Sadly, unlike the responsible corporate bodies parodied in Happy Feet, real boards of directors generally need to be relentlessly sued and regulated before their shareholders will submit to the expense of treading more lightly on the earth. And unlike Happy Feet’s downy lead character, Mumble, real penguins are mean and smell terrible. Just as digitally realized creatures inspire in most people only a Timothy Treadwell–like environmentalism, in which species have value because we think they’re cute, our favorite enviro-movies inspire only Treadwell-like solutions: Educate the people, goes the cant, and global action in defense of the Earth and its inhabitants will follow.
Then again, there’s little point in trotting out a message about overfishing if nobody hears it, and for all that Happy Feet saves penguins only because they dance like Savion Glover, it nevertheless grossed $200 million at the U.S. box office even before winning the Oscar. But there might be a way to cut to the heart of our doom without having to make so nice: Invent a monster.
Back in the 1950s, when the world was in the grip of another scare, this time brought on by the invention of atomic weapons, filmmakers created monsters mutated by radiation to serve as metaphors for our fears and the scientists and governments who stoked them. To restore society to order, the monster had to be destroyed, often by the same powers that made it. Watching the 2006 enviro-movie parade, it was possible to feel the time had come for a pollution-mutated Godzilla (or, as the Japanese first named it, Gojira) — a beast to stand in for the bureaucrats and hack scientists who’ve led us down this path, like the Gill-Man that emerges from the Amazon in the 1954 film Creature From the Black Lagoon, which Universal reportedly plans to remake sometime next year. Only this time, we can’t rely on the authorities to kill it.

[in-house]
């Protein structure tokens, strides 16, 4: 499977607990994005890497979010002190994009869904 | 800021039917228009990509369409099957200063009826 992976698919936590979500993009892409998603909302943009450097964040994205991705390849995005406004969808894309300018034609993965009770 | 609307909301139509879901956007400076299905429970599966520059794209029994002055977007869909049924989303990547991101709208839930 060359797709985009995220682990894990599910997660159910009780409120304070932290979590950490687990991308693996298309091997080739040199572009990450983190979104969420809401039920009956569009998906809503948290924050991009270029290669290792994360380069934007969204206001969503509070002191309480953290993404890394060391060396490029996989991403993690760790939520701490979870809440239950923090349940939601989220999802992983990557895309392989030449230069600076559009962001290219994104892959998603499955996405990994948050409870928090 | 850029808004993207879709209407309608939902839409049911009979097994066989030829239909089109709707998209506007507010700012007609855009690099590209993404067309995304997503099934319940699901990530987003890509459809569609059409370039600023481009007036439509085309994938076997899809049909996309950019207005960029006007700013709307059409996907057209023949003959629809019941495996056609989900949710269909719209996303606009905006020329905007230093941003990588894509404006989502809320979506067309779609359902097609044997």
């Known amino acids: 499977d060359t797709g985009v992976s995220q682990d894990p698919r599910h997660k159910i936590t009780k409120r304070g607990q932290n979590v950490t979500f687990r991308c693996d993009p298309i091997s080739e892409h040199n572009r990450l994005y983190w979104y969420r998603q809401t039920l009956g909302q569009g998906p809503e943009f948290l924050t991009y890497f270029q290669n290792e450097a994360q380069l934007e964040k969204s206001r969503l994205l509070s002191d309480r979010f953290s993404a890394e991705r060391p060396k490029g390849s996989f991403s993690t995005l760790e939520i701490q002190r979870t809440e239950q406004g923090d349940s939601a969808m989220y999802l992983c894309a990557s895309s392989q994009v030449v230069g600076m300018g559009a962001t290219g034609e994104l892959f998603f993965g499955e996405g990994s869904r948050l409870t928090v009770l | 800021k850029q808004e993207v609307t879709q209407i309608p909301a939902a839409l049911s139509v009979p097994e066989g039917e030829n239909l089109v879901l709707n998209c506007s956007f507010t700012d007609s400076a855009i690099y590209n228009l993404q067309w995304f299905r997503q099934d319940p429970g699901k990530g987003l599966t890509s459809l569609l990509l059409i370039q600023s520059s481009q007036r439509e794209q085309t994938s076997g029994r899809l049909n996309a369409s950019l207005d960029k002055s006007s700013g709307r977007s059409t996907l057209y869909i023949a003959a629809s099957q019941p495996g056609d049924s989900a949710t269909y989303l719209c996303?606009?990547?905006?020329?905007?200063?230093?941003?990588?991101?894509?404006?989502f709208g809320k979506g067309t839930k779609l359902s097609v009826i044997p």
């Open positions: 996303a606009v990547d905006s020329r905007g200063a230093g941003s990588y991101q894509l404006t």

South Korean auteur Bong Joon-ho’s The Host (currently in release in American theaters) is such a purely pro-planet movie that it tempts you to declare it the only real environmental movie ever. It connects common values like clean water with individual freedom and official stupidity about toxins with government-sanctioned hysteria over imagined contagions, and makes the very real point that the people who suffer most from pollution work petty jobs in factories and stores. It is not a call for the better technological solutions and responsible corporate management that An Inconvenient Truth insinuated, nor does it imagine a grand corporate conspiracy in the way of Who Killed the Electric Car? Its only computer-generated creature is the one that emerges from the Han River, near where our protagonist family runs a little snack shop, after the river has been polluted with formaldehyde by careless lackeys in a U.S. government-run lab.
Ironically, although many people die within its boundaries (including, unlike The Day After Tomorrow, people you actually care about), The Host has a slapstick friendliness about it that hooks you deeply into the fate of its somewhat feckless lead character, a dyed-blond single dad named Gang-du (Song Kang-ho), who fights the official powers for his right to pursue the creature that has abducted his daughter. It breaks your heart in the end, as well any movie about an ailing Earth should, but not before it offers a solution to the mess we’re in. To sum it up without spoiling the movie, that solution has nothing to do with the cooperation of DuPont and Chevron, with boardroom pep talks or the batting of animated eyelashes. It has much more in common with the vigorous protest movements led by college-age war resisters throughout the generations.
In other words, The Host dares to suggest that bringing down the monster of environmental collapse, whether it’s caused by carbon dioxide or human avarice, will take more than a plan drawn up in a European sanctuary by an intergovernmental panel. It might mean subverting those pokey governments and their authority altogether. If we get scared enough, it might even mean we need to riot in the streets. Gore will not be leading that riot, and Melissa Etheridge will not be singing its theme song. But in the end, it may be the only way to get the job done.